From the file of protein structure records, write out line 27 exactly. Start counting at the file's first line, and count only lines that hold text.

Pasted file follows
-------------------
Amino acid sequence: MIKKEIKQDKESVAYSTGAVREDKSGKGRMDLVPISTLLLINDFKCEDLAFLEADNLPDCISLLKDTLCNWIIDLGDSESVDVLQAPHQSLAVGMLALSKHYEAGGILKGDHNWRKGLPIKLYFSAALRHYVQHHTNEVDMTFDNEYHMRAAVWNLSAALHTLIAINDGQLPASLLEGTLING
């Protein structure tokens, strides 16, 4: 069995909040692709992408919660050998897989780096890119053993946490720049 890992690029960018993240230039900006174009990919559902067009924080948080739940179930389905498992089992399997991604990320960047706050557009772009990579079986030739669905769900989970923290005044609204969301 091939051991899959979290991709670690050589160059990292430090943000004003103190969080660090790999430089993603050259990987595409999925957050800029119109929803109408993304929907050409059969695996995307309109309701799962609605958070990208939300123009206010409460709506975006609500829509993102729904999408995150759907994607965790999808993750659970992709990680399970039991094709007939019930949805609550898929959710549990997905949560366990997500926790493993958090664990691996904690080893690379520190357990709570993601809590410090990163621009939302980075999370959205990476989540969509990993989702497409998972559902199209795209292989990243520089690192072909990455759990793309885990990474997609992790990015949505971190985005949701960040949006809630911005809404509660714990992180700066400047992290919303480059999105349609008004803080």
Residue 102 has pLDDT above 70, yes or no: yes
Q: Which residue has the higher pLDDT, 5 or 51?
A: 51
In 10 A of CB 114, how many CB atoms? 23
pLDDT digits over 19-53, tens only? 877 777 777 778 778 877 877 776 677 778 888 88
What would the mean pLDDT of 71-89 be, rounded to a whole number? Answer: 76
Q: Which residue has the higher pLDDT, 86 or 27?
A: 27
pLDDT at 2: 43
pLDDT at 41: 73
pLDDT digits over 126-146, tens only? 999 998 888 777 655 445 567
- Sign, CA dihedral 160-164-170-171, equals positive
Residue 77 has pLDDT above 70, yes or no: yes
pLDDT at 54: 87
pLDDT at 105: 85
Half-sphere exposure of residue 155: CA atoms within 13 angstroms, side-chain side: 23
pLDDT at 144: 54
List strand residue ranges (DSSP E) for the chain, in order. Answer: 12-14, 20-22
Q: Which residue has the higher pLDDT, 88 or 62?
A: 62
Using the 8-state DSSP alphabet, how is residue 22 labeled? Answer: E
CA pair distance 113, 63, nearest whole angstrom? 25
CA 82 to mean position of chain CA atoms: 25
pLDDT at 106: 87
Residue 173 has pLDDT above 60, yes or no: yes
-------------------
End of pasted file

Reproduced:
Residue 173 has pLDDT above 60, yes or no: yes